Middle Eastern Urea prices join the Oversold parade

Overnight’s stunning 12% decline in the Middle East FOB Urea price has seen it revert back to its 200 week moving average, as the chart below illustrates.

It also registered a Weekly Oversold reading which was last seen 3 years ago.

The other 2 charts included show how the prices of Wheat and the Japan Korea LNG Marker dance along with the Middle Eastern Urea price.

January 27, 2023

by Rob Zdravevski


Food Insecurity

“As many as 811 million people — about a 10th of the global population — were undernourished in 2020, the UN said in a report on Monday.”


Of the “undernourished”,

“Roughly a third of all people lacked access to adequate food, a figure that rose by 320 million from a year earlier, about as much as in the previous five years combined.”

I am flabbergasted to read this and perhaps naive.

Perhaps instead of funding businesses creating a new dancing, photo, video, shopping sharing app…..here is a problem to solve….

Not snobs – We’re just a bunch of drunks


A recent article in The Australian newspaper (see link below) highlighted more than the buying power exhibited by Australia’s dominant supermarkets has over wine producers. It talked about how the supermarket duopoly is selling its own branded wine too.


A report from Australia’s Bureau of Statistics says that beer consumption amongst Aussies has hit a 66 year low, while wine sales have risen. News agencies have tried to spin their feeble creative minds to develop a story based around our growing sophistication towards finer tastes. Interestingly the report doesn’t tell us at which price point most of the wine was bought at, but I can confidently predict it wasn’t at the middle nor higher end of the price range.The reason that wine sales are growing is because wine is cheap. It is being sold cheaply by the supermarkets who account for 77% of the domestic wine sales. The reason beer sales are falling is because its expensive.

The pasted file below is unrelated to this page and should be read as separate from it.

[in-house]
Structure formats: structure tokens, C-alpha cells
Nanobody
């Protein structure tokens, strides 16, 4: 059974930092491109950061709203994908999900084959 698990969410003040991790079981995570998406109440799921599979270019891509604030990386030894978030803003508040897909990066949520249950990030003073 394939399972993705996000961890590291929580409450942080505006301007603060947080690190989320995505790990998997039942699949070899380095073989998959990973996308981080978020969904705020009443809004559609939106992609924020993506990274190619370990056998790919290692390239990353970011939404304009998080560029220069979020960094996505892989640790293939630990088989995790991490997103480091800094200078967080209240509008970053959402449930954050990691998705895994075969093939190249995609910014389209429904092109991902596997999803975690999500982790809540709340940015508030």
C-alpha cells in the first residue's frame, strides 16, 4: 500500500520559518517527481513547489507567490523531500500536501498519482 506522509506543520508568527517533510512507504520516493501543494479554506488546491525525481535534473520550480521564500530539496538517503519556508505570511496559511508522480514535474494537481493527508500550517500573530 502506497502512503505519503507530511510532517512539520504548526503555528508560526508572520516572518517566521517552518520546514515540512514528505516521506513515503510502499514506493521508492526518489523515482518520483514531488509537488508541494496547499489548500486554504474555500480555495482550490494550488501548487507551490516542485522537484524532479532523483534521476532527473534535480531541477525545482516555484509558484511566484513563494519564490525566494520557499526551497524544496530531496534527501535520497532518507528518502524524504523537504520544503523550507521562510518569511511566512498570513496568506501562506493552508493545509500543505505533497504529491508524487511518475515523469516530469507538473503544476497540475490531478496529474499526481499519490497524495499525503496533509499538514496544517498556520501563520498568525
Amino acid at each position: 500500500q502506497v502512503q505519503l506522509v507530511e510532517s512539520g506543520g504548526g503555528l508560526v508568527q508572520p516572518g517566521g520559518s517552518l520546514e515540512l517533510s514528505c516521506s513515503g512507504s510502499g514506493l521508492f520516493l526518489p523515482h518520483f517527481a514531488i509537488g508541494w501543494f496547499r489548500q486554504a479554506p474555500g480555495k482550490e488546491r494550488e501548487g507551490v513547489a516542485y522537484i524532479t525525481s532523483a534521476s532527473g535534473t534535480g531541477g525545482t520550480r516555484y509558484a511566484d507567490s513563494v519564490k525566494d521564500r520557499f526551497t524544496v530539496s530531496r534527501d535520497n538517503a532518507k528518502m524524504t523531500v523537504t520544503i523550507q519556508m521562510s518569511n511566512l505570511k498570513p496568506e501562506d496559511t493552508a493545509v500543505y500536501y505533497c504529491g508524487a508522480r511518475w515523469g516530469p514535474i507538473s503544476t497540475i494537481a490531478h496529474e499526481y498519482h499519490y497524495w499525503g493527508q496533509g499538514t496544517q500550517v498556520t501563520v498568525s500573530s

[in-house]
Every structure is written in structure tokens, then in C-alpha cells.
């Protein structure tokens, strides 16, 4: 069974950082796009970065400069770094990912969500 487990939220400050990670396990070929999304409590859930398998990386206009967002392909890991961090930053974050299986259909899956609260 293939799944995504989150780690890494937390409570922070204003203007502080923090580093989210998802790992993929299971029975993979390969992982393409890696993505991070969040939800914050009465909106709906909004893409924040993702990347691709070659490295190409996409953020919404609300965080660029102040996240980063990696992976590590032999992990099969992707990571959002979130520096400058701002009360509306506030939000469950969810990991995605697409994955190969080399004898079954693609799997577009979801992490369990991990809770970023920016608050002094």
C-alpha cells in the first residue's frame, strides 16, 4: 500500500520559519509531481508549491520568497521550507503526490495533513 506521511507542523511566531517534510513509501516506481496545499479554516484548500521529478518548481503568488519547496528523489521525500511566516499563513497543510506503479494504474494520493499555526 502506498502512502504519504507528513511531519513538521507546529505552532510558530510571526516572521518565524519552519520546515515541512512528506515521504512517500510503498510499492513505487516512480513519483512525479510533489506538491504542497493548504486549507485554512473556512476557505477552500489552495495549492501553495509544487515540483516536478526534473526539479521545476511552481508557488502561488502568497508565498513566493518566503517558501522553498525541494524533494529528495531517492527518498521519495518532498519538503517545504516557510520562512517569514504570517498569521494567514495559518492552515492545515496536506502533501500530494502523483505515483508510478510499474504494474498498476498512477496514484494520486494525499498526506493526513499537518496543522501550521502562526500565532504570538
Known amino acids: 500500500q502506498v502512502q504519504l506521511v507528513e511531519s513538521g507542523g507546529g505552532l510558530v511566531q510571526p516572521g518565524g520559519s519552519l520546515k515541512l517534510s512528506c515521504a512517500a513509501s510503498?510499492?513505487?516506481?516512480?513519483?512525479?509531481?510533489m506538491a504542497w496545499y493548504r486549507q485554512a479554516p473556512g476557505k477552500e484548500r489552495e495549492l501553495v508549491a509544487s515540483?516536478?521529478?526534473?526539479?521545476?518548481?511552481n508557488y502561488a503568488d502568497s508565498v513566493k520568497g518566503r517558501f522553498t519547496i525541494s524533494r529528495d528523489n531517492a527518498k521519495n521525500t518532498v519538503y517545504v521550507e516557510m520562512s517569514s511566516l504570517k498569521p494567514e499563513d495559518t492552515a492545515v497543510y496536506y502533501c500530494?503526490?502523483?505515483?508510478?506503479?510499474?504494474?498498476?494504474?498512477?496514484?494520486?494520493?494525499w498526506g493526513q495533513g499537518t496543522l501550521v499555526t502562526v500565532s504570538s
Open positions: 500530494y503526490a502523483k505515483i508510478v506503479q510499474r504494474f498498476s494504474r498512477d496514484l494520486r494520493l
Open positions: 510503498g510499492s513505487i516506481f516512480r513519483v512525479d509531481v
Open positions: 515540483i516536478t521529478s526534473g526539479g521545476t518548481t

Mainstream consumers are looking for a cheap way to get drunk at the behest of drinking a quality artisan product.

The price of beer has risen over the past 30 or so years, yet we still think you can buy a glass of beer for $1 at the local bowls club.

Some fancy pubs & restaurants charge $9-$10 for a pint of beer and many happily pay for it, because it’s “craft beer”.

Wine producers at the medium to premium end of the market need to continue to focus on improving their brand, the quality of their product & the “love & care” that they put into making their wine. This is their differentiation, just like craft beer makers are doing it.

One benefit of living in “wine country” is that I have friends who are wine makers and mine happen to all be a part of boutique, independent enterprises. They do not try to be volume based manufacturers. They do not create “cookie cutter” batches of wine.

A $9 bottle of wine tastes like a $9 bottle of wine.

If you choose to enter the lower end of the market, you then compete against those who can be the lowest cost producer and have pricing power. This shouldn’t be a surprise.

We drink a $28 bottle of wine because the quality, love & taste shows.






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